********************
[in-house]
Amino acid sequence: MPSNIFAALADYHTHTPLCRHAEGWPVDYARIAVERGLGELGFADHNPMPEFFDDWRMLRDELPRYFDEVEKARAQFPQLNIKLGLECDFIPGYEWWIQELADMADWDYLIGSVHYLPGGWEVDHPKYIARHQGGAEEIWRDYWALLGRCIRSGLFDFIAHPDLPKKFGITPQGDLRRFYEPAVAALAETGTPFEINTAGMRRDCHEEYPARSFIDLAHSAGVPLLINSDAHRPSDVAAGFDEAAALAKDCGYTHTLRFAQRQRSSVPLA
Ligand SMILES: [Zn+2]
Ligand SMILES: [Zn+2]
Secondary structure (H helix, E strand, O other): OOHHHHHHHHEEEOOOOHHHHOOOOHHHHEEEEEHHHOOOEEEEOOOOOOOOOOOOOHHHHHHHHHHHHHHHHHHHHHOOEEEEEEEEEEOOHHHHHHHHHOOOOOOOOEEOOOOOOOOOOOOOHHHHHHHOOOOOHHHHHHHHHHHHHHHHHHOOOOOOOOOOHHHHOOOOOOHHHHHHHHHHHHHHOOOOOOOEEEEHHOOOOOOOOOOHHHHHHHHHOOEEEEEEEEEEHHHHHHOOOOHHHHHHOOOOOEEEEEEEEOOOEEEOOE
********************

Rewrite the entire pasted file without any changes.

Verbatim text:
[in-house]
Amino acid sequence: MPSNIFAALADYHTHTPLCRHAEGWPVDYARIAVERGLGELGFADHNPMPEFFDDWRMLRDELPRYFDEVEKARAQFPQLNIKLGLECDFIPGYEWWIQELADMADWDYLIGSVHYLPGGWEVDHPKYIARHQGGAEEIWRDYWALLGRCIRSGLFDFIAHPDLPKKFGITPQGDLRRFYEPAVAALAETGTPFEINTAGMRRDCHEEYPARSFIDLAHSAGVPLLINSDAHRPSDVAAGFDEAAALAKDCGYTHTLRFAQRQRSSVPLA
Ligand SMILES: [Zn+2]
Ligand SMILES: [Zn+2]
Secondary structure (H helix, E strand, O other): OOHHHHHHHHEEEOOOOHHHHOOOOHHHHEEEEEHHHOOOEEEEOOOOOOOOOOOOOHHHHHHHHHHHHHHHHHHHHHOOEEEEEEEEEEOOHHHHHHHHHOOOOOOOOEEOOOOOOOOOOOOOHHHHHHHOOOOOHHHHHHHHHHHHHHHHHHOOOOOOOOOOHHHHOOOOOOHHHHHHHHHHHHHHOOOOOOOEEEEHHOOOOOOOOOOHHHHHHHHHOOEEEEEEEEEEHHHHHHOOOOHHHHHHOOOOOEEEEEEEEOOOEEEOOE